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Jill's story: Unbound 200

BaseCamper Jill White shared her experience at the 2023 Unbound Gravel 200 event in Kansas.

I was a DNF, missing the last checkpoint cutoff by ten minutes at Unbound 200 this year. I'm processing and settling into it, but what I want to say is thank you BaseCamp for incredible PMA (positive mental attitude). It was an epic physical battle with navigating mud and some water supply challenges—I feel proud I fought hard and smart, and sometimes there are no finisher medals …. and I have no regrets. Also, my bike handling skills in storms mud wet rocky sketch increased incredibly over 177 miles and almost 18 hours of fight. I did not give up. You all taught me well!!!

The Full Story

I was a DNF. It was epic.

Grow with the moon. It is what I settled into as I looked at the words written on a bandanna that means a lot to me… Unbound Gravel.

"There is something so beautifully irrational about the love of a landscape, we ought not to be afraid to be guided by that. It is a subtle beauty, it's a quiet beauty. The Flint Hills give you a chance to catch your breath. There are very few places a person can go and feel the connection to the earth, to that history. Like the Tall Grass Spirit, there is a presence in these hills that seem to hold the enormity of time. You have to tune your thinking, tune your seeing and hearing to the pace and the rhythm and the moments of this place, and all of a sudden you are given this great gift."

I was a DNF at Unbound 2023. I fought an epic battle. I reflected on my beautiful life and my family. I stayed bound to that. I was unbound from time, expectations, & medals. I accepted humbly the skill it takes to be here and the work yet to do in my life. That was wonderful. I also smiled at my mud skills as they kept getting better and better for 177 miles. I never quit. I kept PMA despite knowing I was about to fail.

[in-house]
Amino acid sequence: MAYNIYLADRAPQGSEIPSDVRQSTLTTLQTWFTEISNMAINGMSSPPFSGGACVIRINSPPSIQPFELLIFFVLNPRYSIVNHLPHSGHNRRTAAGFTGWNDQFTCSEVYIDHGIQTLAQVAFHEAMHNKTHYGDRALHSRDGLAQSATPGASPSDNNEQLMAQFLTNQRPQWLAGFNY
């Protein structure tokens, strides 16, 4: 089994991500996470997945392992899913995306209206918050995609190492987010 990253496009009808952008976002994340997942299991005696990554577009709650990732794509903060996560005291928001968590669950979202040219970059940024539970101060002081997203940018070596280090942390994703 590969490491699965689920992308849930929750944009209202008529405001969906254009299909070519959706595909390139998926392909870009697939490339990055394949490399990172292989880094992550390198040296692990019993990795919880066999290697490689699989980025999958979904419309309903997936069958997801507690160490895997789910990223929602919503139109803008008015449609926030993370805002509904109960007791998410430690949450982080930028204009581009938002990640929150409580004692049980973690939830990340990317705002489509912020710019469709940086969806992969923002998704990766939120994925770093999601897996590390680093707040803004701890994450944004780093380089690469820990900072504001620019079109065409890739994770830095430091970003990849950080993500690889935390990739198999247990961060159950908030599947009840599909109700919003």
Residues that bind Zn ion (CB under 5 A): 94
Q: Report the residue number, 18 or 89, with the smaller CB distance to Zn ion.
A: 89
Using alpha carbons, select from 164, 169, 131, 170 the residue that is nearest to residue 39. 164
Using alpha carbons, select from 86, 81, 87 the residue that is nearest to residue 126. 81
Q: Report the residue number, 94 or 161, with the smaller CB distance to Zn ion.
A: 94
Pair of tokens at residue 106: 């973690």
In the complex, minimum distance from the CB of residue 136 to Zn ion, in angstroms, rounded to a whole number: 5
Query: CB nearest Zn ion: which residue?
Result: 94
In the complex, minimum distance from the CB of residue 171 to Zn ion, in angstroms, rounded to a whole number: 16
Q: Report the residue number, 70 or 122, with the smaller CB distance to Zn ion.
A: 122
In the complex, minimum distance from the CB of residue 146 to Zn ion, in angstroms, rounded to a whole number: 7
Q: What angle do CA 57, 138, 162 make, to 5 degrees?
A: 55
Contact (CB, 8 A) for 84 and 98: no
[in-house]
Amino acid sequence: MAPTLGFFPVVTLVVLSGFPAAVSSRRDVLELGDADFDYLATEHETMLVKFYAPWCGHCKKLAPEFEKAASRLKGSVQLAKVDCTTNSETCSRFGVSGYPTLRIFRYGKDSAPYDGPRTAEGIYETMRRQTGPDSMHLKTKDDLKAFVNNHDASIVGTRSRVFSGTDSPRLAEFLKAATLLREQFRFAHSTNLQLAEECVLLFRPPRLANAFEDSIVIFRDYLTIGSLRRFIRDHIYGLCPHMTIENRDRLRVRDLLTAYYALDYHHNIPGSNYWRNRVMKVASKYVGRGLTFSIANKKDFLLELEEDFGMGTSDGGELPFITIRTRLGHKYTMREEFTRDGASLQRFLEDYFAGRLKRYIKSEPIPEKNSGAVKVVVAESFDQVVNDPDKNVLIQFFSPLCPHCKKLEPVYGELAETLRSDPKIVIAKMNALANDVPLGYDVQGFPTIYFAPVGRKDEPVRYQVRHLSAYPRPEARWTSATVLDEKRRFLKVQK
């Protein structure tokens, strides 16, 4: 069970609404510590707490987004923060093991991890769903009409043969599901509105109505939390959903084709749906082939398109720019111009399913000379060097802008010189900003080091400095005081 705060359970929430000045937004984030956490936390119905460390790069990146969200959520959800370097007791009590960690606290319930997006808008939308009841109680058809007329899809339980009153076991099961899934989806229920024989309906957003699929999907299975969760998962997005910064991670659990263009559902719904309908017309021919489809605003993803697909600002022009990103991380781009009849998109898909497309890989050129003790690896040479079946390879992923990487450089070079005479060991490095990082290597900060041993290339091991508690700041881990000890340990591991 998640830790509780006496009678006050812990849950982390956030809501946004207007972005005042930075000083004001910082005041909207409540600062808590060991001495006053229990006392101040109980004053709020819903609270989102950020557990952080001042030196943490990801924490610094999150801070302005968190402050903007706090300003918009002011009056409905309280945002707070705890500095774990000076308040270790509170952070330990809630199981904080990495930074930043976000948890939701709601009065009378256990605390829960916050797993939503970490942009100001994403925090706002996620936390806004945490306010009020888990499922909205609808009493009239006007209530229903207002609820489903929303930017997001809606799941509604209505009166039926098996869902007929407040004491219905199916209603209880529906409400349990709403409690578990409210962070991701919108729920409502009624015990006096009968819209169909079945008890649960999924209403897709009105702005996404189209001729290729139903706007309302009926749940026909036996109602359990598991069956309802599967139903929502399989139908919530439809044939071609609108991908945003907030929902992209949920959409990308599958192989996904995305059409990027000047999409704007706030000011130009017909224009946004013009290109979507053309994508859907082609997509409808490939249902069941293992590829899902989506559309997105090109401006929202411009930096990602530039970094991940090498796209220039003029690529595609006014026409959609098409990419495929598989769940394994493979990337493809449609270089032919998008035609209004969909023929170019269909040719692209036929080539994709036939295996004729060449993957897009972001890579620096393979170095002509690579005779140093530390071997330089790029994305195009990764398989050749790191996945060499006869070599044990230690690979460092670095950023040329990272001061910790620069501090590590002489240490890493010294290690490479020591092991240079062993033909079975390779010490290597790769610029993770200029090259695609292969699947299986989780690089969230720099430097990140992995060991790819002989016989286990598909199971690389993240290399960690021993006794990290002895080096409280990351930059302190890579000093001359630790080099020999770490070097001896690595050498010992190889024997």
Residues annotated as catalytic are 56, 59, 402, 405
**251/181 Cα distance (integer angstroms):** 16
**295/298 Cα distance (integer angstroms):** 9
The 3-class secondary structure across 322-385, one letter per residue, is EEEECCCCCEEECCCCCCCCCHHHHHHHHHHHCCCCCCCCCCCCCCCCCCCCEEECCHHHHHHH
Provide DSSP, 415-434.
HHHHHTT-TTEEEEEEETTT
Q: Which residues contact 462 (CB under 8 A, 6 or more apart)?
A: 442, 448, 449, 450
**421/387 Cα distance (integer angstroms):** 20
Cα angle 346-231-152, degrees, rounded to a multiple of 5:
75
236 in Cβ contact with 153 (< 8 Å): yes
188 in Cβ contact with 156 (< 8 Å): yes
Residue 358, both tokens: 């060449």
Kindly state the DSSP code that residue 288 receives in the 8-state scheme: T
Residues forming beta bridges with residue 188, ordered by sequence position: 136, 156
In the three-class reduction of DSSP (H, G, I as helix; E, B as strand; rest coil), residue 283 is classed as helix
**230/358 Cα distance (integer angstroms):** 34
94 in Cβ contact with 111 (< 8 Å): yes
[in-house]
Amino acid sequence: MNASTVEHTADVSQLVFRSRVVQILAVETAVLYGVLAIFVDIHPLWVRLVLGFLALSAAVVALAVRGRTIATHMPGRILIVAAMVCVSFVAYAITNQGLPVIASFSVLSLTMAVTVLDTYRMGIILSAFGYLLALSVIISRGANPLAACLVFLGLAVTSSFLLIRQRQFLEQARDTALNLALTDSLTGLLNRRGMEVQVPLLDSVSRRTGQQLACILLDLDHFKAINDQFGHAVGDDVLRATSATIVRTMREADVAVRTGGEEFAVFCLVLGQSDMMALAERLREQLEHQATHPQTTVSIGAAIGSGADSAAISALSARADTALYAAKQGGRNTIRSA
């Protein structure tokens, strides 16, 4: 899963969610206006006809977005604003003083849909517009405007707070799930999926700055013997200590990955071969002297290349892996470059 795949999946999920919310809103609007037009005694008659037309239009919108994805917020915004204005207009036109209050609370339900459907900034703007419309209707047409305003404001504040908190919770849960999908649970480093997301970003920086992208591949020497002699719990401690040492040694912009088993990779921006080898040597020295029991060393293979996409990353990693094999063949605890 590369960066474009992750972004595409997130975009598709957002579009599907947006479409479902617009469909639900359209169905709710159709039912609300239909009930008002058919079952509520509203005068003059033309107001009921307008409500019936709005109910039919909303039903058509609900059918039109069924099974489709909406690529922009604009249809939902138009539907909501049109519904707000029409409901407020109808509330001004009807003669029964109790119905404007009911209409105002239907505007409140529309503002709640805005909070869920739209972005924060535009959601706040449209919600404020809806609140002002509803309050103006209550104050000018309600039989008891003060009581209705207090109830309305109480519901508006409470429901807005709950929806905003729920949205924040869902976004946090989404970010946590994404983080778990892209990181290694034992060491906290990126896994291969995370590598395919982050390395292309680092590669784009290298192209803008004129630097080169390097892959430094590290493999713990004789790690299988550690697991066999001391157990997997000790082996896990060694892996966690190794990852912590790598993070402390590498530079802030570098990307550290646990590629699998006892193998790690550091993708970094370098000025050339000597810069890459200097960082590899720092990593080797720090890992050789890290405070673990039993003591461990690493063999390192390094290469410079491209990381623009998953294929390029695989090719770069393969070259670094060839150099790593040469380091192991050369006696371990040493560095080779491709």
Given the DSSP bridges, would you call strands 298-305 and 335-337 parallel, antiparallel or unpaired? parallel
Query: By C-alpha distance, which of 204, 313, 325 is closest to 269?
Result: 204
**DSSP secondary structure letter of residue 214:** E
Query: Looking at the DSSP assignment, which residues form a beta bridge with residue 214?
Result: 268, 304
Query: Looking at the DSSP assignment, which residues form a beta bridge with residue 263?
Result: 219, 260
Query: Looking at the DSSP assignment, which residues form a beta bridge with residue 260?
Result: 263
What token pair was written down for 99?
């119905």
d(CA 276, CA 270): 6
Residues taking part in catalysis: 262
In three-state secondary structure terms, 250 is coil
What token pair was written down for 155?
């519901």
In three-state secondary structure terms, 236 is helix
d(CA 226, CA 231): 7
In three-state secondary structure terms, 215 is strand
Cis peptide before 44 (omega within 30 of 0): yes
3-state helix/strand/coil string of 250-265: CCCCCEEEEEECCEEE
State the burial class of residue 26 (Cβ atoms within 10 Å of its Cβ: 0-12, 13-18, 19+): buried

What do you say when you know you are failing? Okay. Keep pedaling.

Start 0600 was magic. I felt that magic just like last year. I had big goals today. My cheeks actually hurt from smiling at my family, seeing all the racers—watching the deep pro women ready to fight. Feeling my amateur fight space as well. I love that feeling.

I rolled perfectly as planned through the start. I reflected on all the words of my coach Kate, I was feeling free, wild, ready. I had my heart rate dialed in for the beginning of the day…was with an amazing group, a mountain biker from Moab was my partner at this point…I mention him because he reminded me of my friend Jacob Moss. He said, "Momma, this is going to be a long day, keep that joy." I responded later, as we were full on bikes thrown over our shoulders 2 miles deep into that action in the mud, "Moab, challenge accepted." Moab did tell me I hauled my bike like a mountain biker, keeping that girls derailleur clear—I knew Kate would be proud as we practiced so much bike carry. 😊 I stayed in the moments and just carried. I thought about my friends Jacob and Ellen through that 5-mile, no-way-to-ride mud walk. Sometimes you just have to be "I am here for it" "for the long road." We don’t quit.

I also knew sunset time was gone. This took so much energy and time. My dragon to fight was going to be time.

I rode well after this section and a few more bike carry sections. I smiled often at the improvement of my bike handling through some rocky areas with intermixed sand, dirt, and mud. The temperatures began to rise. I felt the sun.

I made it to water oasis at mile 41 to find limited water. Okay, recalculate, Jill. This is okay, and I will just have to readjust to make it to my family at mile 79. (I heard later there was no water, so I am thankful I got a bottle there.) Also, side note: I found the best behaviors in people, as there was a lot of calculated sharing between strangers. People dug in with all ten fingers and toes to show up for each other and care for one another. That was worth the lack of water to see! I decided my strategy to handle this was to not mix the bottle of water but sip that and eat my gels to keep some calories maintained. I also watched my feels—I slowed as I felt need, and I took very good caution and care of myself, I respected the heat and knew she demanded me to go slow and cautious. I did.